40% of Muslim students in CA report being bullied due to religion, according to survey


Hussam Ayloush, executive director for Council on American-Islamic Relations-LA, speaks about the findings in a new report on Islamophobia on Oct. 16, 2019, in Anaheim, California. (RNS/Alejandra Molina)

Anaheim, Calif. — Muslim youths in California schools are bullied at double the rate of students across the nation, according to a report by the Council on American-Islamic Relations. 

The report, "Singled Out: Islamophobia in the Classroom and the Impact of Discrimination on Muslim Students," is based on a statewide survey of about 1,500 Muslim students between 11 and 18 years old. It was released Oct. 16 by the California chapter of the Council on American-Islamic Relations, or CAIR.

The organization found that 40% of participating students experienced some form of bullying because of their religion. That's down from the 53% in 2017 who reported being bullied — either verbally insulted or abused — for being Muslim. 

However, it's still double the national average of about 20% of students ages 12-18 who reported being bullied at school in 2017, according to a report by the National Center for Education Statistics. 

Council on American-Islamic Relations officials with the Los Angeles branch addressed the report Wednesday at their Anaheim-based office.

"It is not hard to make a connection to the hateful and bigoted rhetoric used by this administration," said Hussam Ayloush, executive director of CAIR-LA. "The continual use of such rhetoric and the policies singling out and criminalizing Muslims, immigrants and asylum-seekers has normalized hate speech."

During the news conference, Ahlam Elabed spoke of the bullying her high school son has endured while in school.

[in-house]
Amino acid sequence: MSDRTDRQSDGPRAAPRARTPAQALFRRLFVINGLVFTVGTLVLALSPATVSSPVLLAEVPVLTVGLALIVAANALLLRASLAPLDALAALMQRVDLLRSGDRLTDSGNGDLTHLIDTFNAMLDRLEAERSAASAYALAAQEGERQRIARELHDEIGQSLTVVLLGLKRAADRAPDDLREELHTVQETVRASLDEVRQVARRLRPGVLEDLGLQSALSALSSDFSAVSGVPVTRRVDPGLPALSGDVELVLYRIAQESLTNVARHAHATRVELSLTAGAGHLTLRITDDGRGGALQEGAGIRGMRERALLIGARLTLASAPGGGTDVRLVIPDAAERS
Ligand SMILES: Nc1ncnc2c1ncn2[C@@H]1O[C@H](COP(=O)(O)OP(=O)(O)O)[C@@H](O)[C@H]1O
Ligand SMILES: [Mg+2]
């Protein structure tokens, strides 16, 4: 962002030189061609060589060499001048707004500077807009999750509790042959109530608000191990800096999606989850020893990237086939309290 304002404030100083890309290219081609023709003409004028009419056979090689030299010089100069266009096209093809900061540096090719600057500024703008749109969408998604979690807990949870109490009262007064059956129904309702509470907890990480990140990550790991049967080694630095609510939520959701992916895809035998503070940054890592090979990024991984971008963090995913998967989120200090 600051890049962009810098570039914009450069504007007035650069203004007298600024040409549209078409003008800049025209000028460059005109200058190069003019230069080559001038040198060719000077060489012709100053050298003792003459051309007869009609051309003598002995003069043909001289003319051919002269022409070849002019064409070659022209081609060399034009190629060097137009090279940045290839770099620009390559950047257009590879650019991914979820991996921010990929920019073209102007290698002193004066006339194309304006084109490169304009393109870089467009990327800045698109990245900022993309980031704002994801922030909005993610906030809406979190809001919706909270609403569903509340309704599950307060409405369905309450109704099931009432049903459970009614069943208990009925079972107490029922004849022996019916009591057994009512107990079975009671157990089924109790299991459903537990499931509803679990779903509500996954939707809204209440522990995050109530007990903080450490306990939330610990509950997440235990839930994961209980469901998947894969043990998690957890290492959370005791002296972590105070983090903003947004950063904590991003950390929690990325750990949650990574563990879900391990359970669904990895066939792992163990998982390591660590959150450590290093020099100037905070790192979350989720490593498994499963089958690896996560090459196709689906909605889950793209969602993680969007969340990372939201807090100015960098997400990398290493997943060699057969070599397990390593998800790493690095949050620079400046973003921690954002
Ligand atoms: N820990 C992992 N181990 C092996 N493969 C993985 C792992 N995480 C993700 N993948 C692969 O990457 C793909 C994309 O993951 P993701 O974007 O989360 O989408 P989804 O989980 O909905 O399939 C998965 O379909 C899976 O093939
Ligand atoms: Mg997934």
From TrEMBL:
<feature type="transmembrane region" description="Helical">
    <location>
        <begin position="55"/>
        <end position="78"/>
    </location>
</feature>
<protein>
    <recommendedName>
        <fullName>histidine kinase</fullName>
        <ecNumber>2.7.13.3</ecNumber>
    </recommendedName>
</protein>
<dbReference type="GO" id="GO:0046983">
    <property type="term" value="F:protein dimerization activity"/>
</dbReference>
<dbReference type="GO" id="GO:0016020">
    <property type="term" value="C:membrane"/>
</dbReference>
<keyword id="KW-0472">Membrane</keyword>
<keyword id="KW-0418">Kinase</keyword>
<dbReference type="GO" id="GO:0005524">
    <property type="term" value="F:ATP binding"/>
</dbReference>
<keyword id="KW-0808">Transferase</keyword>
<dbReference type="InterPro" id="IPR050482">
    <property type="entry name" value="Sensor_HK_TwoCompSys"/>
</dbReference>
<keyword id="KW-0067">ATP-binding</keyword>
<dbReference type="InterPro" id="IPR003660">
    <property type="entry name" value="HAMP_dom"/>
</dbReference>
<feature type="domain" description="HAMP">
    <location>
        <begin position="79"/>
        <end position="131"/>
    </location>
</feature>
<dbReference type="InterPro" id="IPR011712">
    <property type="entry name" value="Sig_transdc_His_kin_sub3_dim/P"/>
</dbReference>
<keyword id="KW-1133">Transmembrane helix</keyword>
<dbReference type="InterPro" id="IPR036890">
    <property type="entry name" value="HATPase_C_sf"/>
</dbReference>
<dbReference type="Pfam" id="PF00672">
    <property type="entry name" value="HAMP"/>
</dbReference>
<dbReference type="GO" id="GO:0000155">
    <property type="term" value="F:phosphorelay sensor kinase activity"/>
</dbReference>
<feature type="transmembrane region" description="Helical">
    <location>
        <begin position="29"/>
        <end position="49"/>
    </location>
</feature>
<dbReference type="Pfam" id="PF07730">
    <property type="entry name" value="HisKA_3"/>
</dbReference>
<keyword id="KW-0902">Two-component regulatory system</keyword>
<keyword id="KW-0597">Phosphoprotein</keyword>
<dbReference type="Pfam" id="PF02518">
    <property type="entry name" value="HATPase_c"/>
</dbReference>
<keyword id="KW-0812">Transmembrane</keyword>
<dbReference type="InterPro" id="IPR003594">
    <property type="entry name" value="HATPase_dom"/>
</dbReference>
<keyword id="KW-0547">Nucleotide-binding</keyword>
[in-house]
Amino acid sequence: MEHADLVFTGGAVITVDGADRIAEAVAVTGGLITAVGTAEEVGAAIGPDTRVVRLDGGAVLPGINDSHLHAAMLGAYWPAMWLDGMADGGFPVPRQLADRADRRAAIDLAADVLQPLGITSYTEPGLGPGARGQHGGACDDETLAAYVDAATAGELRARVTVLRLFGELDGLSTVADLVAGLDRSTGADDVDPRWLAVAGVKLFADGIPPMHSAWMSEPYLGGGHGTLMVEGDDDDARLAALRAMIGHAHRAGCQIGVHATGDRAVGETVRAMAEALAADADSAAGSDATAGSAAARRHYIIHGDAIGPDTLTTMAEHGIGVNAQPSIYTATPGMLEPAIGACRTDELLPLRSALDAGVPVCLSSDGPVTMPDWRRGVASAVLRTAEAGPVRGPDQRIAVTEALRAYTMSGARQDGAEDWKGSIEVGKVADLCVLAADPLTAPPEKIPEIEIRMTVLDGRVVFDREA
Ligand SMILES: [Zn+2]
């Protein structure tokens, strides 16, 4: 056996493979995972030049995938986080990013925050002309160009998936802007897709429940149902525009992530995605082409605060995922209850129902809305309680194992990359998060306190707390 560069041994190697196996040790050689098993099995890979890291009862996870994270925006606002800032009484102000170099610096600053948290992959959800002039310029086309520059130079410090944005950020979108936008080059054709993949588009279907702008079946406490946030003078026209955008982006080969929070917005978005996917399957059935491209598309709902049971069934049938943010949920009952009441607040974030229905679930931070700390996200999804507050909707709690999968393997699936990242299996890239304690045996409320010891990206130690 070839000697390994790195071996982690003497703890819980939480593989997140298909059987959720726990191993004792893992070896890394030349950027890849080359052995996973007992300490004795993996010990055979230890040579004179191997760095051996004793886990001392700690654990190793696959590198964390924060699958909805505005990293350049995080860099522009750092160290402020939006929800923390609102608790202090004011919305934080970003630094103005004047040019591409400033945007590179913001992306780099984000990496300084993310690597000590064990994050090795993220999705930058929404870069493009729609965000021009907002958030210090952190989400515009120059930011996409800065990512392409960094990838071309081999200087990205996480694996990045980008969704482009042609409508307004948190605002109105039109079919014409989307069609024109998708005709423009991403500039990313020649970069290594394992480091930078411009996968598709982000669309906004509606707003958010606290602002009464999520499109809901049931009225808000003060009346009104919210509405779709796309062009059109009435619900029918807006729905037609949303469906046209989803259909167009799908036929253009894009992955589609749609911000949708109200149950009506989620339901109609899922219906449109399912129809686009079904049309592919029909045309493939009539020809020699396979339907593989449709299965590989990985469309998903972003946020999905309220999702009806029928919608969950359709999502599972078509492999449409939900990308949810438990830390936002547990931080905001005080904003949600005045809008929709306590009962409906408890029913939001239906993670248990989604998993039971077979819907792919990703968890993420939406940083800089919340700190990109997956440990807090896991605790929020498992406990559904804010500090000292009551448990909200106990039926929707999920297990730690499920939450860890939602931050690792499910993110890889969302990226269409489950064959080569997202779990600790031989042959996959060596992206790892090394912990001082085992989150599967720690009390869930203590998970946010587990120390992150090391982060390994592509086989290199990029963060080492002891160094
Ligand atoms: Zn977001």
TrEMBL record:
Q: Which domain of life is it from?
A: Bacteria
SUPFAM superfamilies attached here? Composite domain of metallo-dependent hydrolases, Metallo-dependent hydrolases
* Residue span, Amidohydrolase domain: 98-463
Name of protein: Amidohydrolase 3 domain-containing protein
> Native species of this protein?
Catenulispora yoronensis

Elabed said her special-needs son has been called a terrorist and has been compared to brown cartoon characters. He's had his pants pulled down in PE class. His clavicle was broken and shoulder was dislocated when a boy pushed him, she said.

"I was horrified to discover that every day my son was going into an intolerant and ultimately unsafe environment," Elabed said. 

Elabed said the school has not taken appropriate action. With the help of Council on American-Islamic Relations-LA, she filed a complaint with the school district. 

While survey results found that Muslim students in California were bullied at a lower rate than previous years, Patricia Shnell — a civil rights attorney with Council on American-Islamic Relations-LA — said other report findings are also noteworthy.

Students who reported seeing a Muslim peer being bullied because of their religion rose to 39%, according to the 2018-2019 survey. That's up from 2016, when 19% of students reported seeing other classmates being bullied for being Muslim, according to the report.


“How often have you been bullied at school for being Muslim?” These findings are based on a survey of 1,500 Muslim students between 11 and 18 years old. (RNS/Graphic courtesy of Council on American-Islamic Relations)

"It indicates that this is still happening, that Muslim students are still being bullied based on their faith," Shnell said. "It also indicates that students are starting to become aware bystanders and … able to identify bullying when it's happening.

"While still tragic, it's actually kind of the first step in addressing the issue … so we can seek solutions."

In addition, about 35% of students reported seeing social media posts containing offensive comments about Islam or Muslims — down from 57% in 2016. Also, about 29% of students reported that school staff has made offensive comments about Islam or Muslims at school, compared with 38% in 2016.

The biannual report provides insight from students in public and private schools across the state, including Los Angeles, Orange, Alameda, San Francisco, Sacramento and Fresno counties. This is the fourth such report since the organization began documenting bullying data since 2013. 

Shnell said it's important for the Council on American-Islamic Relations to continue documenting this data. 

"This report is really the only one of its kind that measures religion-based bullying of American Muslim students in California," Shnell said. 

"It's a really great educational tool not only for our community … but also for schools and educators so they can understand some of the struggles that their Muslim students face," she added.

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